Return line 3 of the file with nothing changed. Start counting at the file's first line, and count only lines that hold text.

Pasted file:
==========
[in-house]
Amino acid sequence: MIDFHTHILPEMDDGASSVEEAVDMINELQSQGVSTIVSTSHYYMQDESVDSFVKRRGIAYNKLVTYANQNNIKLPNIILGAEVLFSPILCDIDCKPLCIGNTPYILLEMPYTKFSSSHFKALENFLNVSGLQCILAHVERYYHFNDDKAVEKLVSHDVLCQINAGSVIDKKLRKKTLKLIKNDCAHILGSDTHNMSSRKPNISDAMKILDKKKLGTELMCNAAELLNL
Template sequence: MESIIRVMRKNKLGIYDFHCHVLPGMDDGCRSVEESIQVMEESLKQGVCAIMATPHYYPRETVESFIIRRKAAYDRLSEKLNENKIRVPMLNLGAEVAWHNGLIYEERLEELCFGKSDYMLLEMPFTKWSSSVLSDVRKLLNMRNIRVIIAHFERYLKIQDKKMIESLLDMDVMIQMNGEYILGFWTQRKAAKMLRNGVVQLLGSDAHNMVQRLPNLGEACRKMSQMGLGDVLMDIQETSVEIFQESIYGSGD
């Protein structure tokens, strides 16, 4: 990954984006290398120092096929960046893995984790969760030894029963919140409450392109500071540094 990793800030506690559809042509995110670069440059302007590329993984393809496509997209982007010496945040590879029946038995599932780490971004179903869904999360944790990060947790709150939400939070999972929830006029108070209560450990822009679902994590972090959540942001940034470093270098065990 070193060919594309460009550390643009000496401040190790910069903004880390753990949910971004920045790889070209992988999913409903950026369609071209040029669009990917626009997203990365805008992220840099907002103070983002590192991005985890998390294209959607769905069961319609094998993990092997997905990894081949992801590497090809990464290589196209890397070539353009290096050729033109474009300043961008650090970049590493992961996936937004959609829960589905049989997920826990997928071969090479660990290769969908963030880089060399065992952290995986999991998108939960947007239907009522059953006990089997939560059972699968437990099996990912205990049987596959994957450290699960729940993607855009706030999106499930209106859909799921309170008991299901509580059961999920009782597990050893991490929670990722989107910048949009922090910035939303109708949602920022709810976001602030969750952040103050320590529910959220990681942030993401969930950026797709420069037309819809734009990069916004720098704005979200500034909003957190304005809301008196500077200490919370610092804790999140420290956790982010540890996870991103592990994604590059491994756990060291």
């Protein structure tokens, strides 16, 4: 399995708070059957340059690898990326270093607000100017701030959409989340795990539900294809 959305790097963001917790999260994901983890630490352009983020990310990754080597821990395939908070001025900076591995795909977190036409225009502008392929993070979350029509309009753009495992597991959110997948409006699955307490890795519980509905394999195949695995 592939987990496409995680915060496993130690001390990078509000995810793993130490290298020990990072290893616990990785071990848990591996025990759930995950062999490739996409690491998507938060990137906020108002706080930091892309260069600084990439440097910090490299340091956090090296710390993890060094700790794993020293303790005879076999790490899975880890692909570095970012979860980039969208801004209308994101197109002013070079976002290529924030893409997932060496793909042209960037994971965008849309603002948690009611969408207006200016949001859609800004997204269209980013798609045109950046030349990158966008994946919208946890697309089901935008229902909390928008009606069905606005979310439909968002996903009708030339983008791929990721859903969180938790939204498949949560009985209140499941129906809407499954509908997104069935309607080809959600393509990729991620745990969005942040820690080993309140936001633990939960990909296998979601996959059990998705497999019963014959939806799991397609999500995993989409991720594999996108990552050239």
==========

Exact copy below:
Template sequence: MESIIRVMRKNKLGIYDFHCHVLPGMDDGCRSVEESIQVMEESLKQGVCAIMATPHYYPRETVESFIIRRKAAYDRLSEKLNENKIRVPMLNLGAEVAWHNGLIYEERLEELCFGKSDYMLLEMPFTKWSSSVLSDVRKLLNMRNIRVIIAHFERYLKIQDKKMIESLLDMDVMIQMNGEYILGFWTQRKAAKMLRNGVVQLLGSDAHNMVQRLPNLGEACRKMSQMGLGDVLMDIQETSVEIFQESIYGSGD